Field dressing like a boss
Look after your meat!
I don’t know about you, but all of us at Bloodline gear love hunting. Aside from the comradery, fitness and adventure hunting provides, its primary purpose is for gathering that free range, organic MEAT. It is this wild meat that makes us hunters not hikers.
Outsmarting wild animals in their own habitat is an awesome achievement, but that skill, commitment and preparation shouldn’t stop here. Now we need to continue to respect the life taken by taking and caring for this prized meat. Those disappointing wild meat dinner table comments you sometimes hear like “too gamey” or “too strong” are often a consequence of poor meat handling.
I should preface this next bit by saying “this is what I do” and preface that bit by saying “I’m not always right but....” there are other ways that work too. But the principals are the same. Cool and dry.
It doesn’t matter if your hunting Deer, Pig, Chamois, Thar, Wapiti, or Goat...
It has to start immediately: whip out the guts!
This is to start the all important meat cooling phase and to stop as much gut fluid as we can reaching our meat. Warmth and bacteria laden fluid will spoil your meat fast!
Start by running a blade, just beneath the skin, up the line of the stomach to the ribs. I run a finger each side of the blade to force down any guts and lift the skin, this stops the blade point puncturing the stomach or intestines and releasing that nasty digestive fluid.
The guts are only held in by 2 main anchors, the throat and the rectum. Cut as high up the throat as possible and place a coring cut around the anus to completely seperate it from the rectum. Then get your arm right in the gut cavity and roll out the gut contents. This is where you look for the liver and kidneys and inside the rear ribs for the 2 eye fillets (tenderloins). Save them. You’ll have to go searching above the diaphragm for the much coveted heart. If you're not eating these you're missing out.
Sometimes a less than ideal shot or or a stray knife cut can cause a bit of a mess. Remember just get the meat cool and dry. Don’t wash the meat in a stream, this will cause the meat to stay wet longer, and those nasty bacteria to keep breeding. If its really bad you can rinse the meat lightly with water but make sure you dry it well with a rag.
This next bit really depends if you're deep in the Southern Alps of New Zealand or leaning against the Ute in the neighbours paddock.
If you're near the Ute or camp, great. As long as you can keep it cool, chuck it on ya back and deal with it later.
If you're out in the boonies and have plenty of time; to save ya back it's great to bone out the meat into individual muscle groups and let it sit somewhere clean to cool and dry off. Without the bones its a whole lot lighter for the trek back. Then when it’s cool, bag them up in game bags or if you don’t have any, a pillow case or plastic bags will do. The reasons game bags are so good are A) it stops your prized meat getting dirty, dirt and hair is so hard to get off later once dried and hard. Try to keep the meat clean as you go, pick off the hair as you're bagging up. B) it stops the flies getting to it. If they do, they lay eggs and trust me you don’t want that. C) they allow airflow, this aids the cooling and drying of the meat. Unfortunately plastic will condensate and introduce more moisture so those nasty bacteria can survive, and breed and breed.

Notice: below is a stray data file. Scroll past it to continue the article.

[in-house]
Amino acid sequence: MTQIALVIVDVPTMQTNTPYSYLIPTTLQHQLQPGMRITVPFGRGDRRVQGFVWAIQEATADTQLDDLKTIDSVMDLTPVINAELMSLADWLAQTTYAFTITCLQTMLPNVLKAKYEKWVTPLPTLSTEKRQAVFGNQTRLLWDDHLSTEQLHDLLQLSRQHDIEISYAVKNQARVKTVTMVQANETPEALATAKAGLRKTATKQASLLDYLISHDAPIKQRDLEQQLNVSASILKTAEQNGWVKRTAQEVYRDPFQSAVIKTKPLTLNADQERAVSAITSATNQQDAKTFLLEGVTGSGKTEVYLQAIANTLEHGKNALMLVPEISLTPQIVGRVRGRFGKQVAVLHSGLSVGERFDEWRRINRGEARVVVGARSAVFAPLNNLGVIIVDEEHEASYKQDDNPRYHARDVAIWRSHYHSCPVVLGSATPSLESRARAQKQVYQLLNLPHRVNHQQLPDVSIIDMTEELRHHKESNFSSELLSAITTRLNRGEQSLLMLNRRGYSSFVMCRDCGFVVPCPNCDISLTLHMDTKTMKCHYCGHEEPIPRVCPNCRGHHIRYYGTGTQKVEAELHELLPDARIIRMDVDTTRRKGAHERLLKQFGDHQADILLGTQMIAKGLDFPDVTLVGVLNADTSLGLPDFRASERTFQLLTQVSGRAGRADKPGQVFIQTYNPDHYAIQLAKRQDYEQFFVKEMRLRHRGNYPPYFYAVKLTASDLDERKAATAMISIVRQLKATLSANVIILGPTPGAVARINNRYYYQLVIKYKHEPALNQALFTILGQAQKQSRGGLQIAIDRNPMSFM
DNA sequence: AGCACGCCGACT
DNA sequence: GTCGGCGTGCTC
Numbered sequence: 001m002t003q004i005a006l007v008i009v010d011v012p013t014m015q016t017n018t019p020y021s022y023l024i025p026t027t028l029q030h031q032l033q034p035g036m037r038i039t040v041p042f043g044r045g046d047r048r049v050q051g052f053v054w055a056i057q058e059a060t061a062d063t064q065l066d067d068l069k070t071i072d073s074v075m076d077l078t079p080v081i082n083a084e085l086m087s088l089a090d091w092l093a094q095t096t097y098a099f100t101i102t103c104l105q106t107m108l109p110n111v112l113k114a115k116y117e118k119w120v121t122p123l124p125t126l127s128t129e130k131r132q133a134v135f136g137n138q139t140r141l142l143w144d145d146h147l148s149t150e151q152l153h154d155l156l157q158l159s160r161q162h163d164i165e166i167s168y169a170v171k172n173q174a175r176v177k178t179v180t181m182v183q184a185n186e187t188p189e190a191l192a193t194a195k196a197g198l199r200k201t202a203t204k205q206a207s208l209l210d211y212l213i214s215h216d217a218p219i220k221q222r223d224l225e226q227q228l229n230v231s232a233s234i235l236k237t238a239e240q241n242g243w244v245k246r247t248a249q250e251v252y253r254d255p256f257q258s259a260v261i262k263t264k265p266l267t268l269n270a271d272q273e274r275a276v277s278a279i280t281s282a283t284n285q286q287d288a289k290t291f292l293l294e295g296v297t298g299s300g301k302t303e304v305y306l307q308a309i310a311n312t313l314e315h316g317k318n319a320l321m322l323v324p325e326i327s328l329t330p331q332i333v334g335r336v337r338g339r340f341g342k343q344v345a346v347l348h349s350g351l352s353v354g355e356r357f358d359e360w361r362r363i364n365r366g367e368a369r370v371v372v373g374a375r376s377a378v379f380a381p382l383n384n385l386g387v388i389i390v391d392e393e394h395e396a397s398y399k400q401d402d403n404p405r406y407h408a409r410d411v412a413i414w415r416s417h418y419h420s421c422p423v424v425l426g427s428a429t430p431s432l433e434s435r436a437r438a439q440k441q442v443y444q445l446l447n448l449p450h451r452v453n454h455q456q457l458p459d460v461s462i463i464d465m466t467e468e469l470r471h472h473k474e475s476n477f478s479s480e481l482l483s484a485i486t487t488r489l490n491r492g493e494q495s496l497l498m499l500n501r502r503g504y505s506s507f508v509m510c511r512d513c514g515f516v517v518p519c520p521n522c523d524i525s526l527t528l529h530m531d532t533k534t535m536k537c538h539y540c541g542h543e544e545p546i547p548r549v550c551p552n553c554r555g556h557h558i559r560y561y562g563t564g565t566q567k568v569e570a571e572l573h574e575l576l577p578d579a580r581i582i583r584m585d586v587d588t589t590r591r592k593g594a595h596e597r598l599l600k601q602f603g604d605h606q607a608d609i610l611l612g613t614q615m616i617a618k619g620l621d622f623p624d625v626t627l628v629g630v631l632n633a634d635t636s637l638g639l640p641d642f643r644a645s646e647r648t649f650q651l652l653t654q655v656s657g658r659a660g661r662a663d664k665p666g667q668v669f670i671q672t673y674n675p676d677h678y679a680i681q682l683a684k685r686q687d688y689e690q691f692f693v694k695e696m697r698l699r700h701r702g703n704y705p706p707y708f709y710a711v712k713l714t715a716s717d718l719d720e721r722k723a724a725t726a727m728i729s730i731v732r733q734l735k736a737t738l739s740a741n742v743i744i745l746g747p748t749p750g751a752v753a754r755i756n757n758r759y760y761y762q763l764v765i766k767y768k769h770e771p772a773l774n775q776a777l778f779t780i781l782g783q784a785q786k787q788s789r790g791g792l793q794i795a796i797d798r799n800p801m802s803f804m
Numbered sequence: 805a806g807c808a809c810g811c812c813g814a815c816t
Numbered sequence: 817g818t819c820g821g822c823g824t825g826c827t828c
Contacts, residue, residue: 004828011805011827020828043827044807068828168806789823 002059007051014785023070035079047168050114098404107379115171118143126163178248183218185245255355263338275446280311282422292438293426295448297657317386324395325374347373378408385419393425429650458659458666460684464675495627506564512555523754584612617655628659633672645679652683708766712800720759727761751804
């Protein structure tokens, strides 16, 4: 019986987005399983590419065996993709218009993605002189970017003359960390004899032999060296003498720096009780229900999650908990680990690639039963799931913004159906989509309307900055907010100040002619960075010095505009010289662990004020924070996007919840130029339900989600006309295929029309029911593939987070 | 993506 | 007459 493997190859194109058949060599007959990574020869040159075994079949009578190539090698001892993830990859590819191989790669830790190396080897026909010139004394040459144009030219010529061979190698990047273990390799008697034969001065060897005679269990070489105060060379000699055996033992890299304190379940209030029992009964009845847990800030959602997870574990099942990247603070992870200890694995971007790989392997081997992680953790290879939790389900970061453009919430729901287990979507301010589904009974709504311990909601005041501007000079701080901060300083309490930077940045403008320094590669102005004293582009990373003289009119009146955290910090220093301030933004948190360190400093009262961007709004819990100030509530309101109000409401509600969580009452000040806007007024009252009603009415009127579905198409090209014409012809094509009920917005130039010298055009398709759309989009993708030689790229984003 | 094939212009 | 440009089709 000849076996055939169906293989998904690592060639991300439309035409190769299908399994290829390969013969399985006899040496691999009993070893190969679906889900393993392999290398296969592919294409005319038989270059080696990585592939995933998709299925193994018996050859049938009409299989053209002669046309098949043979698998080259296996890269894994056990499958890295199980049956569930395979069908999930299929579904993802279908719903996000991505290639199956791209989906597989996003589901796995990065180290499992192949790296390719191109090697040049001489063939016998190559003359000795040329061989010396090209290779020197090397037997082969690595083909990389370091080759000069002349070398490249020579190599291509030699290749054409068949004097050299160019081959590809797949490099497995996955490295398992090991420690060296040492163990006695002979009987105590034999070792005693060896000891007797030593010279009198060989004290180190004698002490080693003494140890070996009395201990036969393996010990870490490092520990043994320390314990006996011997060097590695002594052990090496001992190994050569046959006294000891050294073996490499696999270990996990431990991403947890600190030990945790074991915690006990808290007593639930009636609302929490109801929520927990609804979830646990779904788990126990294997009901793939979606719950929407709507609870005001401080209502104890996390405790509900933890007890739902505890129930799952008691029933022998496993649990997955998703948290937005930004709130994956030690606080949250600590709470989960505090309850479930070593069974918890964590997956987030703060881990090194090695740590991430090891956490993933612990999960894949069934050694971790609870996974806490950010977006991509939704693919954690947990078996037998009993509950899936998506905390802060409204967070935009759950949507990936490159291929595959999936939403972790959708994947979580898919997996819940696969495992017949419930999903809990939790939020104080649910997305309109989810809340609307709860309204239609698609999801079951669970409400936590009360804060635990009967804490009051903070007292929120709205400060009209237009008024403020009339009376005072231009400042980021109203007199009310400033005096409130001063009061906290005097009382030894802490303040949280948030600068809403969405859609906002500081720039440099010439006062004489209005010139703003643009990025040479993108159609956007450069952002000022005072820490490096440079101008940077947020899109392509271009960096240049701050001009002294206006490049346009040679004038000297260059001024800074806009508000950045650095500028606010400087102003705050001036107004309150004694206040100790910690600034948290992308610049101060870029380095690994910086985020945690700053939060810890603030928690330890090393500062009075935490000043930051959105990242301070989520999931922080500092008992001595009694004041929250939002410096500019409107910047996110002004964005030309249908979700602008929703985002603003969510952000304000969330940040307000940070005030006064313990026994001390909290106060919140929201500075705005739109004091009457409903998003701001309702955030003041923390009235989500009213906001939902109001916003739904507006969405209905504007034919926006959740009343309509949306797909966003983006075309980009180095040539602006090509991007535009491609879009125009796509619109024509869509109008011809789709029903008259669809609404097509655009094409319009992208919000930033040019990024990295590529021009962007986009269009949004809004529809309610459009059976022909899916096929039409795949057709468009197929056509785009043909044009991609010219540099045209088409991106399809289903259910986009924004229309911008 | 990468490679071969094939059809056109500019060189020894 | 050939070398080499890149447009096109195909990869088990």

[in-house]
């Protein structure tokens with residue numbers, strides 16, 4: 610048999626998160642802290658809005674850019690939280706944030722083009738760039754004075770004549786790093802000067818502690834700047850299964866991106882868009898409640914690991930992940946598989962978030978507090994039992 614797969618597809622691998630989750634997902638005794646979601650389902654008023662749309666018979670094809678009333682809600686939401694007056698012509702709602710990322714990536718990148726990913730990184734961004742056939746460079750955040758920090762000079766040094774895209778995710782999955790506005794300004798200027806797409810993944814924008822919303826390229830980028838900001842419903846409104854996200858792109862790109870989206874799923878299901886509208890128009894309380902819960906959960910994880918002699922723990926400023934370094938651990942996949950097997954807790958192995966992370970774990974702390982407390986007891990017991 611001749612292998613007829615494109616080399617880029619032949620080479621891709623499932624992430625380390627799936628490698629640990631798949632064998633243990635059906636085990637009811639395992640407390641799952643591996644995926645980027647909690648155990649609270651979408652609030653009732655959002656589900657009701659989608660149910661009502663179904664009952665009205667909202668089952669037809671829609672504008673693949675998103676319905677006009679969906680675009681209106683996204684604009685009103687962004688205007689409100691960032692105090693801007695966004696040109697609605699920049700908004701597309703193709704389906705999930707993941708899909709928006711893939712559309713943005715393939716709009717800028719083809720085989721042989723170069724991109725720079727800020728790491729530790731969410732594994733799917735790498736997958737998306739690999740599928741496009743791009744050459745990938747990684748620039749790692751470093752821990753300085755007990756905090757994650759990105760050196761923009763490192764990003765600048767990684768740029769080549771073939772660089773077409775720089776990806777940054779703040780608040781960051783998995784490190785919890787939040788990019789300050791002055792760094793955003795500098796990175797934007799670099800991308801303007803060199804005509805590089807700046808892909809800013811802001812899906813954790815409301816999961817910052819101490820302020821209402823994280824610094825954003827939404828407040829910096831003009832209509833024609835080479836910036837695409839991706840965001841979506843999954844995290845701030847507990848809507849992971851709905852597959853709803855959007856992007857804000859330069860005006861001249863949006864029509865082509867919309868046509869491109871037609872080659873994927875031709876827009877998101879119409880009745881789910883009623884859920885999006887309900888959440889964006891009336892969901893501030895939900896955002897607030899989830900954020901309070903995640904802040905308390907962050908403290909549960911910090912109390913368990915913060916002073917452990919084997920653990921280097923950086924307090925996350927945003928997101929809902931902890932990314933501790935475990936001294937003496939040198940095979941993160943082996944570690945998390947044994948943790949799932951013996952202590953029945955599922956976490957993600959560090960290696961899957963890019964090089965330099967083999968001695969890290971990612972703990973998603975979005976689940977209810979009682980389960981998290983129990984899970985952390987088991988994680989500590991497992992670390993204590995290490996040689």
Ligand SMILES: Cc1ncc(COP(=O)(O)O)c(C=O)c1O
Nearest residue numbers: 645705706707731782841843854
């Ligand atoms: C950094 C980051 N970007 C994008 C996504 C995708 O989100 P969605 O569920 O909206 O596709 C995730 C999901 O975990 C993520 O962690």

So now the hard work is done, just that 5 hr walk back to camp.
This is a pic of Jarrod @mclauchlan.hunting repurposing his slick new Cascade Merino top into a game bag.
Unfortunately what I end up mostly doing because of the situation and time of day is “quartering out” the animal, which seems like a strange term as you're actually separating it into 5 peieces. 4 legs and a body. Because I’m usually in a rush and it keeps the meat clean, I leave the skin on and discard the lower leg from the knee down. 2 shoulders and 2 hams go into a rubbish bag, then my in pack. The 2 back straps, 2 eye fillets and heart, liver and kidneys then all go in other bags and get humped very slowly back to camp. Which reminds me, pack lite! Don't start the day with a heavy pack! With any luck by days end your pack may be a whole lot heavier.
Once back at camp with a coldy, and after retelling the wonders of my hunting prowess several times, then it's time to hang the meat to cool and dry properly in a meat safe for the night and give it the love it deserves.
We invest so much in having the best hunting gear and "quality hunting gear" is so important and makes a huge difference. It’s also important to spend a bit on game bags, meat safes and chilly bins to keep your prize in the best possible condition for your friends and families to enjoy.
If there is something I've missed or you think deserves a mention, let me know on Contact us
Stay safe out there and please tag us in on your pics as we love seeing your adventures. #bloodlinegear @bloodlinegear
Wade Hosie @freerangeorganic
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